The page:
In 1943, in the Russian front, the decorated leader Rolf Steiner is promoted to Sergeant after another successful mission. Meanwhile the upper-class and arrogant Prussian Captain Hauptmann ... See full summary »
The host of an investigative news show is convinced by the CIA that the friends he has invited to a weekend in the country are engaged in a conspiracy that threatens national security in ... See full summary »
Upon moving to Britain to get away from American violence, astrophysicist David Sumner and his wife Amy are bullied and taken advantage of by the locals hired to do construction. When David finally takes a stand it escalates quickly into a bloody battle as the locals assault his house. Written by
Andrew Hyatt <firstname.lastname@example.org>
Tom Hedden's family were originally given roles in the film, but they were either cut or never filmed. June Brown was cast as Hedden's wife, together with Chloe Franks as their daughter Emma, and a scene was scripted featuring both in their home doing laundry with Susan George. However, although the scene was included, it was never filmed. Michael Mundell was originally cast as Cawsey the rat-catcher but was later switched to the role of Bertie Hedden in a scene featuring the village children. However, this entire scripted role was also never filmed because the scene was canceled due to time and budget constraints. See more »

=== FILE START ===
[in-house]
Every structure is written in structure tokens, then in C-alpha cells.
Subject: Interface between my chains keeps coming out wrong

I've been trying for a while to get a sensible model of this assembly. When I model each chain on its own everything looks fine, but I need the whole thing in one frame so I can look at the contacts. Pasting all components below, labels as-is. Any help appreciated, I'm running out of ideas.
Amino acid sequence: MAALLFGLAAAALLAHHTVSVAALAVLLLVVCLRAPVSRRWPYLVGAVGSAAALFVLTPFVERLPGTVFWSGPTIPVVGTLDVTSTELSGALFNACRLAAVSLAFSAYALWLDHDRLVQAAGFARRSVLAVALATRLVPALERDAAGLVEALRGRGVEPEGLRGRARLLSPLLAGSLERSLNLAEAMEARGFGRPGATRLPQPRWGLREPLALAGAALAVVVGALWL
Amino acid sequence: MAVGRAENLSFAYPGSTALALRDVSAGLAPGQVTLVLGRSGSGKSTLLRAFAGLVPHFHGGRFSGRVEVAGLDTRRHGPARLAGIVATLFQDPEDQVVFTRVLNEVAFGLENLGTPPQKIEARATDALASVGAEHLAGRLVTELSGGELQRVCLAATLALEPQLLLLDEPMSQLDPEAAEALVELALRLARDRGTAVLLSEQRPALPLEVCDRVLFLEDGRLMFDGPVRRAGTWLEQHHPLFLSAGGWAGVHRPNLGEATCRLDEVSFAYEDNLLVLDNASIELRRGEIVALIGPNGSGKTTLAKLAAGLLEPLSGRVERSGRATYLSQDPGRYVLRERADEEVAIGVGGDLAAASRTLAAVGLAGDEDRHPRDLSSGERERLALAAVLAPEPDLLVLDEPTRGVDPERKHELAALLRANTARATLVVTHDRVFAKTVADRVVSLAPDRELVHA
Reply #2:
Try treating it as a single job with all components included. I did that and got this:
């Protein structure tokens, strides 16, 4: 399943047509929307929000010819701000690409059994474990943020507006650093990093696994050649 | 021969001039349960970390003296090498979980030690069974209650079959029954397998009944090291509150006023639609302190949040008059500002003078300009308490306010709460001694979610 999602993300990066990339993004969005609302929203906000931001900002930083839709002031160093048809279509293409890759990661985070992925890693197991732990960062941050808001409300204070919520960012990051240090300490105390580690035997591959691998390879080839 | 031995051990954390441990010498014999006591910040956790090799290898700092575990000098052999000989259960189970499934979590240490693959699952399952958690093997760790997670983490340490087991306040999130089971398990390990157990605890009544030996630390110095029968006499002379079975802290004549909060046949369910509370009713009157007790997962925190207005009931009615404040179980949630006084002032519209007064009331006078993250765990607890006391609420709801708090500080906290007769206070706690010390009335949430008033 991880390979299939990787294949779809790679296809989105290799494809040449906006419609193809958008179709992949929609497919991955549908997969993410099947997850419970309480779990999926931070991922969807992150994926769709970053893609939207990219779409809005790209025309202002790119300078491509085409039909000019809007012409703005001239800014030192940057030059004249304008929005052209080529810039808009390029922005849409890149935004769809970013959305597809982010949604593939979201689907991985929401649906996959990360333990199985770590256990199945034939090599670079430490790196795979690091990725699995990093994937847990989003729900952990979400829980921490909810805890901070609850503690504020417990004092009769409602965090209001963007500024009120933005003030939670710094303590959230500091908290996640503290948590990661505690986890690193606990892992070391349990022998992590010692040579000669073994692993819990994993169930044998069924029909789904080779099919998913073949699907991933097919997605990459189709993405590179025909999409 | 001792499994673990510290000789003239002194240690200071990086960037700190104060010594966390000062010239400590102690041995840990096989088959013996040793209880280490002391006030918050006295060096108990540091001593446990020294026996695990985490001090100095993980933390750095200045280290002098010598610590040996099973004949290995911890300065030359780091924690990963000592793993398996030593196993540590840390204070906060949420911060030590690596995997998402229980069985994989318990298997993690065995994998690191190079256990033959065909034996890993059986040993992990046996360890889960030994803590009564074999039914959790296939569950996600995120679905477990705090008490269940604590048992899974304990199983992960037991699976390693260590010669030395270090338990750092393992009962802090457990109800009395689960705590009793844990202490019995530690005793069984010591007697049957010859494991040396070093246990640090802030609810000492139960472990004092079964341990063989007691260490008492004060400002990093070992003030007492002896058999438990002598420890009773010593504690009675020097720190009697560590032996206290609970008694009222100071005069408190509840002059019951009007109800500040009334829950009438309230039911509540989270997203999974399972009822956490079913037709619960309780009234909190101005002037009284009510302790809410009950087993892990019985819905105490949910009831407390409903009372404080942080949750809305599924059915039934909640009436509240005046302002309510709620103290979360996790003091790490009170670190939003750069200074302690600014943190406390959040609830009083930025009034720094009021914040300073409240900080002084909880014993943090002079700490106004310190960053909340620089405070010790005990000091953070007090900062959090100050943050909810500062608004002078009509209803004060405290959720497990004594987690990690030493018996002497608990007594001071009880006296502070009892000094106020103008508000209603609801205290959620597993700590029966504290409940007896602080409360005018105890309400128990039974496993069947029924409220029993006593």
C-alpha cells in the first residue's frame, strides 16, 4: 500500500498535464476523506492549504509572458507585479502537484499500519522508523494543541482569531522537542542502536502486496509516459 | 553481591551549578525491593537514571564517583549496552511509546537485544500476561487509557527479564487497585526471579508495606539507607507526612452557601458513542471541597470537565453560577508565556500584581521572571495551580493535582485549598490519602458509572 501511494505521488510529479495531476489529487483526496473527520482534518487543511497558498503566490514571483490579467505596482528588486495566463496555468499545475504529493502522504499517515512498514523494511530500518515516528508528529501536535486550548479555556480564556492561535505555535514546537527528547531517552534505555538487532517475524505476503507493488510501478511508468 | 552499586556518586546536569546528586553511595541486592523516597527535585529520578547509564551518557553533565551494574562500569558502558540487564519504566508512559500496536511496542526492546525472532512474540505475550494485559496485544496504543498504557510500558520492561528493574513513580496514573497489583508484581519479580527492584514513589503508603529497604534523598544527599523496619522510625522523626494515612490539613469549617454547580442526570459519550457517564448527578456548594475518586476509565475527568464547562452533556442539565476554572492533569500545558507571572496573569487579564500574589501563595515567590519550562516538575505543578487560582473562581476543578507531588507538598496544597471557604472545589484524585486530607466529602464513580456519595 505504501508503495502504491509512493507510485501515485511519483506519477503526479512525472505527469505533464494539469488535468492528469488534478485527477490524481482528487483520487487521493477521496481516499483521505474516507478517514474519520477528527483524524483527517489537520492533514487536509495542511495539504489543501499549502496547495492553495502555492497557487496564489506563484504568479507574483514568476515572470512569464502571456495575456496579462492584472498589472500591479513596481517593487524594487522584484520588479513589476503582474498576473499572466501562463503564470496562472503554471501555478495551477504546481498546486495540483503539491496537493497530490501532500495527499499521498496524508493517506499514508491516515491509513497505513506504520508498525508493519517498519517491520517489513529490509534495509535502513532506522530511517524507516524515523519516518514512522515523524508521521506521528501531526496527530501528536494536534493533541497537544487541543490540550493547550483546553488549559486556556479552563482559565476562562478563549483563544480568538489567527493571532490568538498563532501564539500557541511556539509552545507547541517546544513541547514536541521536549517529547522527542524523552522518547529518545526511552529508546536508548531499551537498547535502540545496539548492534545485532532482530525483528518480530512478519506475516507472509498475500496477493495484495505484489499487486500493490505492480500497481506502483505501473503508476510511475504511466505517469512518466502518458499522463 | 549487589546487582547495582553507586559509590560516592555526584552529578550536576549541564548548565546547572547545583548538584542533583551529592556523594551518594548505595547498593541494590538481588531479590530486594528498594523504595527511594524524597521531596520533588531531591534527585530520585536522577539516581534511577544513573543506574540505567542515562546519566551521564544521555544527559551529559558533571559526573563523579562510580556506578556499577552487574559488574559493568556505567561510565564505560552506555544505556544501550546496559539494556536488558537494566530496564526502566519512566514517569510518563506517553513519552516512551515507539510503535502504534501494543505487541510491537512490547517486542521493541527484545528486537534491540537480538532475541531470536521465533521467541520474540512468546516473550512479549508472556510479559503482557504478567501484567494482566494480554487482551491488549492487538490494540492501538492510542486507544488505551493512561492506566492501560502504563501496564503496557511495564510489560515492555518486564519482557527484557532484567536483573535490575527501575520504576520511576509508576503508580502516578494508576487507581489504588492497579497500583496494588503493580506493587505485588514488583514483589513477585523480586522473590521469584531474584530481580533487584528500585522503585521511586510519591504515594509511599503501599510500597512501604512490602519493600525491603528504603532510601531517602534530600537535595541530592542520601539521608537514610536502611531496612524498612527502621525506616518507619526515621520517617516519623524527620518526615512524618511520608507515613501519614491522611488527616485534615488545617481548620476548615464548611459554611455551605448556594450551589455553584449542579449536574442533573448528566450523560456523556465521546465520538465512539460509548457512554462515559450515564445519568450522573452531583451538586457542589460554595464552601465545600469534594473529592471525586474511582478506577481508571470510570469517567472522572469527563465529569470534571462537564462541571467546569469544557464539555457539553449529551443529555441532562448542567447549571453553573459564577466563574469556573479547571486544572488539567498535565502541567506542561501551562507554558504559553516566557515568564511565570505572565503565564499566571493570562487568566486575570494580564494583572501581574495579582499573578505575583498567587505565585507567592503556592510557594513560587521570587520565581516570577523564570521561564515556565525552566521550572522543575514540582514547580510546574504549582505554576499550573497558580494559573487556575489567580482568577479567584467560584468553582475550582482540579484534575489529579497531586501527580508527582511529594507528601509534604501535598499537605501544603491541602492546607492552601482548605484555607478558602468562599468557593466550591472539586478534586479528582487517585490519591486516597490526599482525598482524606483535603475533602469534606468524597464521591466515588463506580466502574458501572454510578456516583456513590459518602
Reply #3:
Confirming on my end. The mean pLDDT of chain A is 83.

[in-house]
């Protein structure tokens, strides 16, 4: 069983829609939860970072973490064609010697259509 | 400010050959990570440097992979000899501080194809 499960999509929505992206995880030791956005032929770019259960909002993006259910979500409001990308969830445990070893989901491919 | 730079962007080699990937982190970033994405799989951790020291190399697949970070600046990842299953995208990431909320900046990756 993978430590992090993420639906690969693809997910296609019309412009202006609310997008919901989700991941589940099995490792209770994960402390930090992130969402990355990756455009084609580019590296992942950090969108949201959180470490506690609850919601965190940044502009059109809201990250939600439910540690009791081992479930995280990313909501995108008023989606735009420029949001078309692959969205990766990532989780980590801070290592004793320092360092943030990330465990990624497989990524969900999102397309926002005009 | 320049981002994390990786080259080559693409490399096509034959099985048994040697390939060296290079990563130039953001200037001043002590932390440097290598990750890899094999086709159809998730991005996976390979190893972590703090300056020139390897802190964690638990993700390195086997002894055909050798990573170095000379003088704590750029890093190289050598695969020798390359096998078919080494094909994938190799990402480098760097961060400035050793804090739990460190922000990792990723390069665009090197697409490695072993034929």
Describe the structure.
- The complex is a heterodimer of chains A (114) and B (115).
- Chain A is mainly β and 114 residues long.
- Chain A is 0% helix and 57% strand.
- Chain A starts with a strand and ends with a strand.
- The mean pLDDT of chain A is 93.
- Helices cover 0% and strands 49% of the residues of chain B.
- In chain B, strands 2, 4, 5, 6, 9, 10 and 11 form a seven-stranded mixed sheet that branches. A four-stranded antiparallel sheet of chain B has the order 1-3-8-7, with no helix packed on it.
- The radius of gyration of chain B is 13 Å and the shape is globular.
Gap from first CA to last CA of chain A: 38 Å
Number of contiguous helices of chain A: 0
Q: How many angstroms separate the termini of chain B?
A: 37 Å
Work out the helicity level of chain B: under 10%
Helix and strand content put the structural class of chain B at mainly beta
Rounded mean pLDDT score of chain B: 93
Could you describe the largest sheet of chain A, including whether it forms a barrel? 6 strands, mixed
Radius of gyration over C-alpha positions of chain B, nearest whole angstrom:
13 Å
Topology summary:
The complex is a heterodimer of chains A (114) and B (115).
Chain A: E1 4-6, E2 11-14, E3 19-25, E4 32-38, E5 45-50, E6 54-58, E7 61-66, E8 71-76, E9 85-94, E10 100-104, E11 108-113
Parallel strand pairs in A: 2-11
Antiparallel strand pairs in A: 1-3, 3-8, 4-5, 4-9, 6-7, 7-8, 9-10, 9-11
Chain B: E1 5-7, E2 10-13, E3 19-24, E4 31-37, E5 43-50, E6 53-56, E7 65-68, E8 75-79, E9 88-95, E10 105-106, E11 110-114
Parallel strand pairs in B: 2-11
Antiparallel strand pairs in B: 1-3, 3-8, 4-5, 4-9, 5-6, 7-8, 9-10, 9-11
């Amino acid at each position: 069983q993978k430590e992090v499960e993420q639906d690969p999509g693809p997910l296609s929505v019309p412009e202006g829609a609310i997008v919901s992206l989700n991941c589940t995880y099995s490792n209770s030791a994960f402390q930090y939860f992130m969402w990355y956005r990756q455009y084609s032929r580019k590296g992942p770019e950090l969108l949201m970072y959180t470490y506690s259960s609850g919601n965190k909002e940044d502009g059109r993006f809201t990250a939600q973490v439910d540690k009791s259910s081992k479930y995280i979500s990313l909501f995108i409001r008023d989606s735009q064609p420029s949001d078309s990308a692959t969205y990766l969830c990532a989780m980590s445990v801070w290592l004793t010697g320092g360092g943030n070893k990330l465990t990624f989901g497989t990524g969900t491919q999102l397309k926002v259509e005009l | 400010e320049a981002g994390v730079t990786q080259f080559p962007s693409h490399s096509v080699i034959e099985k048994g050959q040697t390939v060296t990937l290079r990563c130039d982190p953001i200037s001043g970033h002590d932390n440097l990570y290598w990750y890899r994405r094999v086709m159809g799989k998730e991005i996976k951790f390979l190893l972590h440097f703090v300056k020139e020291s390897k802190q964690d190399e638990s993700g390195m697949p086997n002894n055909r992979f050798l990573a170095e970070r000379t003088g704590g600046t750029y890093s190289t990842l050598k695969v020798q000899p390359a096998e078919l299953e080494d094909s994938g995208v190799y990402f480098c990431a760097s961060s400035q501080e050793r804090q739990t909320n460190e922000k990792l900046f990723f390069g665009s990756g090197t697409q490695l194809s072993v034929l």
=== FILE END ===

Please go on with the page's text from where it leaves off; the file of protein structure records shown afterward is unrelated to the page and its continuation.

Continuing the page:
In the scene where David is going to confront the villagers about the cat, he lets in 4 men but when they gather in the living room, there is only three villagers. See more »
Ok, you've had your fun. I'll give you one more chance, and if you don't clear out now, there'll be real trouble. I mean it.
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In the same year as Clockwork Orange, at the height of the Vietnam War, Peckinpah tried to bring his message into the present. Behind the thin veneer of civilization lies a monster worse than the barbarians of the hill country. By refusing to meet each challenge and take the consequences, the protagonist, like Western Civilization, allows the conflict to escalate to the point where extreme horror appears justified. The inevitable march to the macabre resolution, leaves lots of room for speculation about who the villains are and how much of the world around us is our own doing. This movie, like its Kubrick contemporary, was major ratings controversy because the sex and violence was "disturbing" - unlike the real thing which seems like so much fun on TV.
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